One night I was laying down, I heard mama and papa talkin’. I heard papa tell mama to let that boy boogie woogie ’cause it’s in him and it got to come out.
—John Lee Hooker, “Boogie Chillen”
Our time was Thursday, 5 o’clock,
my psychiatrist’s door always opened wide,
him wearing a wool sweater, sipping tea,
lights dimmed to an endless twilight.
We sat in matched leather club chairs,
and the smell and feel of the chair’s skin
reminded me of ten thousand tanned hides
stacked ceiling high in my father’s factory,
their perfumed animal oil and pigment
soaked into the stained flesh of his hands.
Dead from cancer, I longed to have him back,
to talk man to man, but what I got instead
were dreams of John Lee Hooker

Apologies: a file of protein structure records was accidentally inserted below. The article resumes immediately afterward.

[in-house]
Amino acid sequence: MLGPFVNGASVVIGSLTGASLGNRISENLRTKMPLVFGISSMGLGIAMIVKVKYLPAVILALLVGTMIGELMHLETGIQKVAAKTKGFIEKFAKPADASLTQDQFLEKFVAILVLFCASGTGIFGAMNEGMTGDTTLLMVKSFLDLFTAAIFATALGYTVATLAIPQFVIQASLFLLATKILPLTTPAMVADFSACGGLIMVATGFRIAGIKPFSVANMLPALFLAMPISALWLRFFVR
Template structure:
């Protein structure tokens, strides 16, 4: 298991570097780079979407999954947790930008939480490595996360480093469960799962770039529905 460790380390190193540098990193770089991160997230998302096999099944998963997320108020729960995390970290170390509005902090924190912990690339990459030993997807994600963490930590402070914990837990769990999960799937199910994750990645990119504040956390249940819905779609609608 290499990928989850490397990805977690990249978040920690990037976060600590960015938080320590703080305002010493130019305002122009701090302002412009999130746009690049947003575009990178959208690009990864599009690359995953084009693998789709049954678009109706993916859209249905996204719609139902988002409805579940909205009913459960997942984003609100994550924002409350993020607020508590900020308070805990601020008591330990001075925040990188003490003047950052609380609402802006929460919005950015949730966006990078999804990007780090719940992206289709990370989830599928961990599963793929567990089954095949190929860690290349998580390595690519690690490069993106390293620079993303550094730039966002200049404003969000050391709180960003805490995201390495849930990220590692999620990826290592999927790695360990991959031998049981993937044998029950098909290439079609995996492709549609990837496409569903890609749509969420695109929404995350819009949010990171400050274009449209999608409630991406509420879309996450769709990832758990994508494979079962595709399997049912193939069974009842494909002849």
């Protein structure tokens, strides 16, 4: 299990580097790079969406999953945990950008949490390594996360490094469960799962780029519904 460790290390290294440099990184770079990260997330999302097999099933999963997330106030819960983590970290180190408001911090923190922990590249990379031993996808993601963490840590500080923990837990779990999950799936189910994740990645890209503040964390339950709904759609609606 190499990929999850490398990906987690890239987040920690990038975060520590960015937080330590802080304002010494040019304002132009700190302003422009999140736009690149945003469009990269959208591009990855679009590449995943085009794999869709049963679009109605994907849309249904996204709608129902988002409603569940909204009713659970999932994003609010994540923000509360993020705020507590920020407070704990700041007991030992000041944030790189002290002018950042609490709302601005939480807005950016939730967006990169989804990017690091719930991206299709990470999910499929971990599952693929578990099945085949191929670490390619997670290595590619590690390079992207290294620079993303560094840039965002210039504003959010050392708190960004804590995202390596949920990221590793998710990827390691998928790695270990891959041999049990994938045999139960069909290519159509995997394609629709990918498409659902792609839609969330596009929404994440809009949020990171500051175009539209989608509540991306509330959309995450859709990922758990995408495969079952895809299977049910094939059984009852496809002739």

wearing a wide-brimmed felt fedora,
one of my father’s sweatbands sewn inside,
The Hook teaching me to play “Boogie Chillen”
on my father’s old D’Angelico guitar.
I can still feel the heavy steel strings
cut my fingers, the years of yearning,
all the sessions I sobbed and clutched
the tissue box until I could finally feel
the buried beat and knew my psychiatrist
believed I could boogie. I learned to play
my father’s songs, the jazz chords he loved,
and I can still hear my doctor’s voice
when I greet my patients with music I heard
those Thursdays when he jammed with me.